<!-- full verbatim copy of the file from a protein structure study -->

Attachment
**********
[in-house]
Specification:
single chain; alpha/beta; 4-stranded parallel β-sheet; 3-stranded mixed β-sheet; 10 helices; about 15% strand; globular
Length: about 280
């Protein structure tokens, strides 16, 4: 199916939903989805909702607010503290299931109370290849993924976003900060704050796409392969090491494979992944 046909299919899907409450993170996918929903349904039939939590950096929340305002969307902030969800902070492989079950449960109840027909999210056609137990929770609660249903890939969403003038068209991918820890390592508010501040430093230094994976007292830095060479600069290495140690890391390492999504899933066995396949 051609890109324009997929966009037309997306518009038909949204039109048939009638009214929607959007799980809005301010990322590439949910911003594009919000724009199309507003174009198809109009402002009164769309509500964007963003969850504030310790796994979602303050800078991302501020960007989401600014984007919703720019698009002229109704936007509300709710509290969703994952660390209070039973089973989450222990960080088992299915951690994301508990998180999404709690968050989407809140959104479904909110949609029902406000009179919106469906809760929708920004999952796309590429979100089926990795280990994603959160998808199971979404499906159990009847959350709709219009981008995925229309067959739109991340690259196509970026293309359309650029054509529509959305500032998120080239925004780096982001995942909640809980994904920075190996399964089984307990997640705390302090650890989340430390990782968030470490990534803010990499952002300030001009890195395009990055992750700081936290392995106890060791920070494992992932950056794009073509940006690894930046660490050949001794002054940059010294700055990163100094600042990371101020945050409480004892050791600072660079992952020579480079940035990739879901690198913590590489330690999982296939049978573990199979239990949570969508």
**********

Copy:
[in-house]
Specification:
single chain; alpha/beta; 4-stranded parallel β-sheet; 3-stranded mixed β-sheet; 10 helices; about 15% strand; globular
Length: about 280
């Protein structure tokens, strides 16, 4: 199916939903989805909702607010503290299931109370290849993924976003900060704050796409392969090491494979992944 046909299919899907409450993170996918929903349904039939939590950096929340305002969307902030969800902070492989079950449960109840027909999210056609137990929770609660249903890939969403003038068209991918820890390592508010501040430093230094994976007292830095060479600069290495140690890391390492999504899933066995396949 051609890109324009997929966009037309997306518009038909949204039109048939009638009214929607959007799980809005301010990322590439949910911003594009919000724009199309507003174009198809109009402002009164769309509500964007963003969850504030310790796994979602303050800078991302501020960007989401600014984007919703720019698009002229109704936007509300709710509290969703994952660390209070039973089973989450222990960080088992299915951690994301508990998180999404709690968050989407809140959104479904909110949609029902406000009179919106469906809760929708920004999952796309590429979100089926990795280990994603959160998808199971979404499906159990009847959350709709219009981008995925229309067959739109991340690259196509970026293309359309650029054509529509959305500032998120080239925004780096982001995942909640809980994904920075190996399964089984307990997640705390302090650890989340430390990782968030470490990534803010990499952002300030001009890195395009990055992750700081936290392995106890060791920070494992992932950056794009073509940006690894930046660490050949001794002054940059010294700055990163100094600042990371101020945050409480004892050791600072660079992952020579480079940035990739879901690198913590590489330690999982296939049978573990199979239990949570969508």